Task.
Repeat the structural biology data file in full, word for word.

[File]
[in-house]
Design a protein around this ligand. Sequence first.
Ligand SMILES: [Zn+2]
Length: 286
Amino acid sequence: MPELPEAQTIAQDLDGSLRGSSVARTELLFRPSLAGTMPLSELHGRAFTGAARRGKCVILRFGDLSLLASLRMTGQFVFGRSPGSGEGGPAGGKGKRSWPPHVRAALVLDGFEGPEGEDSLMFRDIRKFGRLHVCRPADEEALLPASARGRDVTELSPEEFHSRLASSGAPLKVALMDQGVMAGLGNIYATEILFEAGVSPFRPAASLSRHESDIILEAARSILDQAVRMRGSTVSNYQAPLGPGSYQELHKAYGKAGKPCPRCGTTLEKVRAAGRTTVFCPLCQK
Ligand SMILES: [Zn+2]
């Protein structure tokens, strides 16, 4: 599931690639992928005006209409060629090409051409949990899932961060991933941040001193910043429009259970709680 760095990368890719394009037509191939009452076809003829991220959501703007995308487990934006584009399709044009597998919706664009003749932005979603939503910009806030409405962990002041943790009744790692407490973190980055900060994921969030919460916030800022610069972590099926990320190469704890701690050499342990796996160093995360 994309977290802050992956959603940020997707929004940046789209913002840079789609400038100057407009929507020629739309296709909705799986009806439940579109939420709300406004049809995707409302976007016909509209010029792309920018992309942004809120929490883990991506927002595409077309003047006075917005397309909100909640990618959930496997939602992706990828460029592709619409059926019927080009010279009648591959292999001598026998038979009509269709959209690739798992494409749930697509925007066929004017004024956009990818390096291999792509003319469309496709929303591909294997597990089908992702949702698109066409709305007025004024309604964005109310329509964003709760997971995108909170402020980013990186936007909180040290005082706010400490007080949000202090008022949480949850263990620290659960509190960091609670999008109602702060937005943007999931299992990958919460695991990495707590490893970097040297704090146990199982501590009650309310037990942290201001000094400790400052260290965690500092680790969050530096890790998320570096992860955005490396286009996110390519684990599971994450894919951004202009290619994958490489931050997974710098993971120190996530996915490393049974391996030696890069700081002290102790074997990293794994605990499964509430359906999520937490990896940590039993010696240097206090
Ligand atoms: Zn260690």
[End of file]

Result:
[in-house]
Design a protein around this ligand. Sequence first.
Ligand SMILES: [Zn+2]
Length: 286
Amino acid sequence: MPELPEAQTIAQDLDGSLRGSSVARTELLFRPSLAGTMPLSELHGRAFTGAARRGKCVILRFGDLSLLASLRMTGQFVFGRSPGSGEGGPAGGKGKRSWPPHVRAALVLDGFEGPEGEDSLMFRDIRKFGRLHVCRPADEEALLPASARGRDVTELSPEEFHSRLASSGAPLKVALMDQGVMAGLGNIYATEILFEAGVSPFRPAASLSRHESDIILEAARSILDQAVRMRGSTVSNYQAPLGPGSYQELHKAYGKAGKPCPRCGTTLEKVRAAGRTTVFCPLCQK
Ligand SMILES: [Zn+2]
């Protein structure tokens, strides 16, 4: 599931690639992928005006209409060629090409051409949990899932961060991933941040001193910043429009259970709680 760095990368890719394009037509191939009452076809003829991220959501703007995308487990934006584009399709044009597998919706664009003749932005979603939503910009806030409405962990002041943790009744790692407490973190980055900060994921969030919460916030800022610069972590099926990320190469704890701690050499342990796996160093995360 994309977290802050992956959603940020997707929004940046789209913002840079789609400038100057407009929507020629739309296709909705799986009806439940579109939420709300406004049809995707409302976007016909509209010029792309920018992309942004809120929490883990991506927002595409077309003047006075917005397309909100909640990618959930496997939602992706990828460029592709619409059926019927080009010279009648591959292999001598026998038979009509269709959209690739798992494409749930697509925007066929004017004024956009990818390096291999792509003319469309496709929303591909294997597990089908992702949702698109066409709305007025004024309604964005109310329509964003709760997971995108909170402020980013990186936007909180040290005082706010400490007080949000202090008022949480949850263990620290659960509190960091609670999008109602702060937005943007999931299992990958919460695991990495707590490893970097040297704090146990199982501590009650309310037990942290201001000094400790400052260290965690500092680790969050530096890790998320570096992860955005490396286009996110390519684990599971994450894919951004202009290619994958490489931050997974710098993971120190996530996915490393049974391996030696890069700081002290102790074997990293794994605990499964509430359906999520937490990896940590039993010696240097206090
Ligand atoms: Zn260690």